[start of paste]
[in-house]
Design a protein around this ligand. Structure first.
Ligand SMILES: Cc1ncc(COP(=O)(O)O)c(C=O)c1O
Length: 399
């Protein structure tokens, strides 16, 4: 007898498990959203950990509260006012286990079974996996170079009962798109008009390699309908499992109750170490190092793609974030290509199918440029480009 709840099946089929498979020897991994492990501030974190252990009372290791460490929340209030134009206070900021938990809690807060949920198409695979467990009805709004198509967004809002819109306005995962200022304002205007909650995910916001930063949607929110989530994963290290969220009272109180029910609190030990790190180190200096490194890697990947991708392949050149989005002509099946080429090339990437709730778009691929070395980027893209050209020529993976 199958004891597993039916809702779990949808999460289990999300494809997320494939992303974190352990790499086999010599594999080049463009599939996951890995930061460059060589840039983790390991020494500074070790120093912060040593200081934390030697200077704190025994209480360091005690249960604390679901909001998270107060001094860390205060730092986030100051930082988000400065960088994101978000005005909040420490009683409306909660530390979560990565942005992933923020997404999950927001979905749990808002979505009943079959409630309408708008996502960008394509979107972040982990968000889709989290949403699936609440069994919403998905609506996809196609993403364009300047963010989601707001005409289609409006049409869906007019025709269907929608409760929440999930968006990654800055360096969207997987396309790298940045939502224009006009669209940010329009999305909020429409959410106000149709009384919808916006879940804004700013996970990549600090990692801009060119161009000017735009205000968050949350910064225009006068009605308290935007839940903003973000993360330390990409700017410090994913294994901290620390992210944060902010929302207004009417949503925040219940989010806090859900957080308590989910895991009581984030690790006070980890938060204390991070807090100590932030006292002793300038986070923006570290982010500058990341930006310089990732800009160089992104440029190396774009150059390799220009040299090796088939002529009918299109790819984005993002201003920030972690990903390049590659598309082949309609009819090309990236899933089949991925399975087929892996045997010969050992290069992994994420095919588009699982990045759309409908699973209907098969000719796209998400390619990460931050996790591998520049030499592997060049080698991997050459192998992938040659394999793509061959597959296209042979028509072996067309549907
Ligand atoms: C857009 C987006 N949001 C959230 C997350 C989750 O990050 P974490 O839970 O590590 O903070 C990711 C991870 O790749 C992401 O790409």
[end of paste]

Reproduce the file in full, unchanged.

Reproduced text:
[in-house]
Design a protein around this ligand. Structure first.
Ligand SMILES: Cc1ncc(COP(=O)(O)O)c(C=O)c1O
Length: 399
């Protein structure tokens, strides 16, 4: 007898498990959203950990509260006012286990079974996996170079009962798109008009390699309908499992109750170490190092793609974030290509199918440029480009 709840099946089929498979020897991994492990501030974190252990009372290791460490929340209030134009206070900021938990809690807060949920198409695979467990009805709004198509967004809002819109306005995962200022304002205007909650995910916001930063949607929110989530994963290290969220009272109180029910609190030990790190180190200096490194890697990947991708392949050149989005002509099946080429090339990437709730778009691929070395980027893209050209020529993976 199958004891597993039916809702779990949808999460289990999300494809997320494939992303974190352990790499086999010599594999080049463009599939996951890995930061460059060589840039983790390991020494500074070790120093912060040593200081934390030697200077704190025994209480360091005690249960604390679901909001998270107060001094860390205060730092986030100051930082988000400065960088994101978000005005909040420490009683409306909660530390979560990565942005992933923020997404999950927001979905749990808002979505009943079959409630309408708008996502960008394509979107972040982990968000889709989290949403699936609440069994919403998905609506996809196609993403364009300047963010989601707001005409289609409006049409869906007019025709269907929608409760929440999930968006990654800055360096969207997987396309790298940045939502224009006009669209940010329009999305909020429409959410106000149709009384919808916006879940804004700013996970990549600090990692801009060119161009000017735009205000968050949350910064225009006068009605308290935007839940903003973000993360330390990409700017410090994913294994901290620390992210944060902010929302207004009417949503925040219940989010806090859900957080308590989910895991009581984030690790006070980890938060204390991070807090100590932030006292002793300038986070923006570290982010500058990341930006310089990732800009160089992104440029190396774009150059390799220009040299090796088939002529009918299109790819984005993002201003920030972690990903390049590659598309082949309609009819090309990236899933089949991925399975087929892996045997010969050992290069992994994420095919588009699982990045759309409908699973209907098969000719796209998400390619990460931050996790591998520049030499592997060049080698991997050459192998992938040659394999793509061959597959296209042979028509072996067309549907
Ligand atoms: C857009 C987006 N949001 C959230 C997350 C989750 O990050 P974490 O839970 O590590 O903070 C990711 C991870 O790749 C992401 O790409």